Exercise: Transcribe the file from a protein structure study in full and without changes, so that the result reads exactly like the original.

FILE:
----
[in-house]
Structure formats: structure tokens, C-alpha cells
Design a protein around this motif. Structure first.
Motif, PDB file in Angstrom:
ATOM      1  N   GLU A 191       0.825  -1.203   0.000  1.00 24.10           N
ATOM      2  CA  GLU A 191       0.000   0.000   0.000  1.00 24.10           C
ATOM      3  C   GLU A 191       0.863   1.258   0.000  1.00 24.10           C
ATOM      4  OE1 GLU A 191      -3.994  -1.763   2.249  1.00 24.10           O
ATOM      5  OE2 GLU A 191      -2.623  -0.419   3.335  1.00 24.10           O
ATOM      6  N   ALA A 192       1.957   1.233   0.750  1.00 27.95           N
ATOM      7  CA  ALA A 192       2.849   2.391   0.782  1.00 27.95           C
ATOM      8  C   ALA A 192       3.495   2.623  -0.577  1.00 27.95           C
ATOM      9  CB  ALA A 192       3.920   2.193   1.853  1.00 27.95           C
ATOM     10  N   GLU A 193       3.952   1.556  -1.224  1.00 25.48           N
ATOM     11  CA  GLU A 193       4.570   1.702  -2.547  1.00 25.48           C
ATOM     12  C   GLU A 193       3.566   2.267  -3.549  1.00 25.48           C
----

[in-house]
Structure formats: structure tokens, C-alpha cells
Design a protein around this motif. Structure first.
Motif, PDB file in Angstrom:
ATOM      1  N   GLU A 191       0.825  -1.203   0.000  1.00 24.10           N
ATOM      2  CA  GLU A 191       0.000   0.000   0.000  1.00 24.10           C
ATOM      3  C   GLU A 191       0.863   1.258   0.000  1.00 24.10           C
ATOM      4  OE1 GLU A 191      -3.994  -1.763   2.249  1.00 24.10           O
ATOM      5  OE2 GLU A 191      -2.623  -0.419   3.335  1.00 24.10           O
ATOM      6  N   ALA A 192       1.957   1.233   0.750  1.00 27.95           N
ATOM      7  CA  ALA A 192       2.849   2.391   0.782  1.00 27.95           C
ATOM      8  C   ALA A 192       3.495   2.623  -0.577  1.00 27.95           C
ATOM      9  CB  ALA A 192       3.920   2.193   1.853  1.00 27.95           C
ATOM     10  N   GLU A 193       3.952   1.556  -1.224  1.00 25.48           N
ATOM     11  CA  GLU A 193       4.570   1.702  -2.547  1.00 25.48           C
ATOM     12  C   GLU A 193       3.566   2.267  -3.549  1.00 25.48           C